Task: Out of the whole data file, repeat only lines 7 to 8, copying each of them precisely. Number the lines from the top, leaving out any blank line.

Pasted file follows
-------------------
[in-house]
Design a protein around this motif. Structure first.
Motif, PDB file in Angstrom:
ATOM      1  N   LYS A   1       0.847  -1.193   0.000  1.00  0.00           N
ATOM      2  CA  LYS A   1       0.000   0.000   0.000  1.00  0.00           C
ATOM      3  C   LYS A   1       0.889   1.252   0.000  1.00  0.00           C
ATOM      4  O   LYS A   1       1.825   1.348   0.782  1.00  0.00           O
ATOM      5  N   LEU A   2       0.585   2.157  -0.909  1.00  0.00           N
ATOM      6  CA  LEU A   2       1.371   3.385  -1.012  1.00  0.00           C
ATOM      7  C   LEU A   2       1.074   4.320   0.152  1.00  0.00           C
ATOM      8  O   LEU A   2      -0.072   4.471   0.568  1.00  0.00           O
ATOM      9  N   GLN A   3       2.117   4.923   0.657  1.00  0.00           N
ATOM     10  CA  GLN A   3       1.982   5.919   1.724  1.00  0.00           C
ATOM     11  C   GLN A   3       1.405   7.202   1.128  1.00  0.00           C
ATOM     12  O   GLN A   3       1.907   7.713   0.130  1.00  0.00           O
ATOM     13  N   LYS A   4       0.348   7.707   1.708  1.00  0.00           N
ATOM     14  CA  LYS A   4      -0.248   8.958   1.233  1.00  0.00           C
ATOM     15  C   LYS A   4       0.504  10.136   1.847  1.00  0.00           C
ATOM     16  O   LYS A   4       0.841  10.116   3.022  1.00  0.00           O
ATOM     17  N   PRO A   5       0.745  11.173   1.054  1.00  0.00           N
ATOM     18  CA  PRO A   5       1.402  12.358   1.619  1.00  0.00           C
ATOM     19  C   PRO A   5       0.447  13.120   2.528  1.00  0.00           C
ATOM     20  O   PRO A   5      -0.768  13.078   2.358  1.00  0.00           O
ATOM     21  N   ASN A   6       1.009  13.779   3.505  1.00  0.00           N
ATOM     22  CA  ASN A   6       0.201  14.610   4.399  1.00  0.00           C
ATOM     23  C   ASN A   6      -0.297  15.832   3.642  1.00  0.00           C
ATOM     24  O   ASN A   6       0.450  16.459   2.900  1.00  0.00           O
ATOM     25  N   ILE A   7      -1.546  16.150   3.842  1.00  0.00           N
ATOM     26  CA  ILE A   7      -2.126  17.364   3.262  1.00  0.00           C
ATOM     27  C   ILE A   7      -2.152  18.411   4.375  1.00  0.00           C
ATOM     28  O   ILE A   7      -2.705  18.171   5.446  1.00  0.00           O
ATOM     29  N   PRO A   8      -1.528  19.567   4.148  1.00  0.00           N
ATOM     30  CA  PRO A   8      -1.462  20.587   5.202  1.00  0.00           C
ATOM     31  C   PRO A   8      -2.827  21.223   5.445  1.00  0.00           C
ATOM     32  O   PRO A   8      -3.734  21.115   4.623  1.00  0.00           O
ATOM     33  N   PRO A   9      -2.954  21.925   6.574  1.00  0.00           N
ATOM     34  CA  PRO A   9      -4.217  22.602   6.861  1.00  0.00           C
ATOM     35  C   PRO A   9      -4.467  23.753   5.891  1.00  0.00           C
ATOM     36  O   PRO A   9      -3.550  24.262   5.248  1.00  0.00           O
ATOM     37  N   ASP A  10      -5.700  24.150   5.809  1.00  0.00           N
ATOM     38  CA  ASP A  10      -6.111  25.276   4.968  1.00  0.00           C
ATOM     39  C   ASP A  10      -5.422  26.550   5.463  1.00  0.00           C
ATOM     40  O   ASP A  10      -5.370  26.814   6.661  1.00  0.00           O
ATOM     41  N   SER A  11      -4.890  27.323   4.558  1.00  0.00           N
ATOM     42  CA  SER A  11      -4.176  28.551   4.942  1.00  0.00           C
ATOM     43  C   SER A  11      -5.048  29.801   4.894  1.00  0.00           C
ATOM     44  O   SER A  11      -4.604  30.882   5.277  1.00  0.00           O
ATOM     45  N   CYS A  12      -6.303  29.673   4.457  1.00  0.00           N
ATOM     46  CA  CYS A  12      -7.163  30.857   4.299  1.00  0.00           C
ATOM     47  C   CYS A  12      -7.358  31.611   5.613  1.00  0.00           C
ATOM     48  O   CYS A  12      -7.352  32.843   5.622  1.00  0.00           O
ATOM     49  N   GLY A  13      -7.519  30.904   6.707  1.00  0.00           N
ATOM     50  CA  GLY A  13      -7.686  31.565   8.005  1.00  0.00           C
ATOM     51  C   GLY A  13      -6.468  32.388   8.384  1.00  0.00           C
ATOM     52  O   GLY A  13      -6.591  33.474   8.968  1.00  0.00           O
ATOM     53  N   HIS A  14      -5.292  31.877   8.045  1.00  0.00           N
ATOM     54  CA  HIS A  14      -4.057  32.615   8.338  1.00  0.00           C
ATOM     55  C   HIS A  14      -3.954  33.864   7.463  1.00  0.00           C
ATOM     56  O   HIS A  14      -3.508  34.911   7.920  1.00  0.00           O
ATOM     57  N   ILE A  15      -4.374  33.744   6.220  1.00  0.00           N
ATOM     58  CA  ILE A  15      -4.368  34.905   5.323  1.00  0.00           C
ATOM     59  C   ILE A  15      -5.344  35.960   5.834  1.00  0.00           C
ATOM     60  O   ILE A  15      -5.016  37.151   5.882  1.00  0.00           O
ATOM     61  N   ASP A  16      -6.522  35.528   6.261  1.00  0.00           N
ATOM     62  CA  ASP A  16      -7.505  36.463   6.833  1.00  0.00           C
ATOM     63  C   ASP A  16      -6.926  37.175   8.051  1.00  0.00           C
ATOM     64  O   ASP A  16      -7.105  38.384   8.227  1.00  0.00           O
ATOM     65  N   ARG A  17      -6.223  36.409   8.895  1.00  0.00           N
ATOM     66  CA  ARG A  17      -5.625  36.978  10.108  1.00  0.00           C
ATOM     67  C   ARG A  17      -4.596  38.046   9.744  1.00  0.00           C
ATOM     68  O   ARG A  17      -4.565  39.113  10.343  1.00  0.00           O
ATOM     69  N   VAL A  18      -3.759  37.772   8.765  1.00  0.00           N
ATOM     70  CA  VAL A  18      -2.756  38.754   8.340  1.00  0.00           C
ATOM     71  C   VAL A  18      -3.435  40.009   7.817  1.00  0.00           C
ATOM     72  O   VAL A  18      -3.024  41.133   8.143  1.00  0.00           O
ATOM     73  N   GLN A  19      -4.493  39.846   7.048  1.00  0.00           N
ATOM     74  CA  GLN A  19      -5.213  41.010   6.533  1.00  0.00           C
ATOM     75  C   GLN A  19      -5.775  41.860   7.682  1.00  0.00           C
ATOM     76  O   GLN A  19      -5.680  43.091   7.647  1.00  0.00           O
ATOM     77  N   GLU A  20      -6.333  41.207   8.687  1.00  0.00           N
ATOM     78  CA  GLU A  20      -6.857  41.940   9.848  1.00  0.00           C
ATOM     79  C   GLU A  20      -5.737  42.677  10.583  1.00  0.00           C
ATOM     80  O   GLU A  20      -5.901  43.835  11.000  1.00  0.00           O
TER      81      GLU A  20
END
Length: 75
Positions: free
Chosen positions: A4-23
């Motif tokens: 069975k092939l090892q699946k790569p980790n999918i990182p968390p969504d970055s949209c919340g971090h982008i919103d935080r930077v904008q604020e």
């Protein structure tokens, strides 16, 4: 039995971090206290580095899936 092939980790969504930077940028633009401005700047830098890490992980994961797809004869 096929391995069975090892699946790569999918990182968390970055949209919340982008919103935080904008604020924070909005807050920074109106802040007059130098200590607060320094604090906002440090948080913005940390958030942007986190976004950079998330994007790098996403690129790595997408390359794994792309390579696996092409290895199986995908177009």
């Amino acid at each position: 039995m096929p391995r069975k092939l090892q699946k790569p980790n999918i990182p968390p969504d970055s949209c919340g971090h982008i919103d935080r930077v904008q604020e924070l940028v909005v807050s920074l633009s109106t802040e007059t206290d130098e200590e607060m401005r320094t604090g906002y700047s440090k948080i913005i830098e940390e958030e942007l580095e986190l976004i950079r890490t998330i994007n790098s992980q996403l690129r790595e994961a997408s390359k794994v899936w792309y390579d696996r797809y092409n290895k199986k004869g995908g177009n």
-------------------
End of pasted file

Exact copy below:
ATOM      4  O   LYS A   1       1.825   1.348   0.782  1.00  0.00           O
ATOM      5  N   LEU A   2       0.585   2.157  -0.909  1.00  0.00           N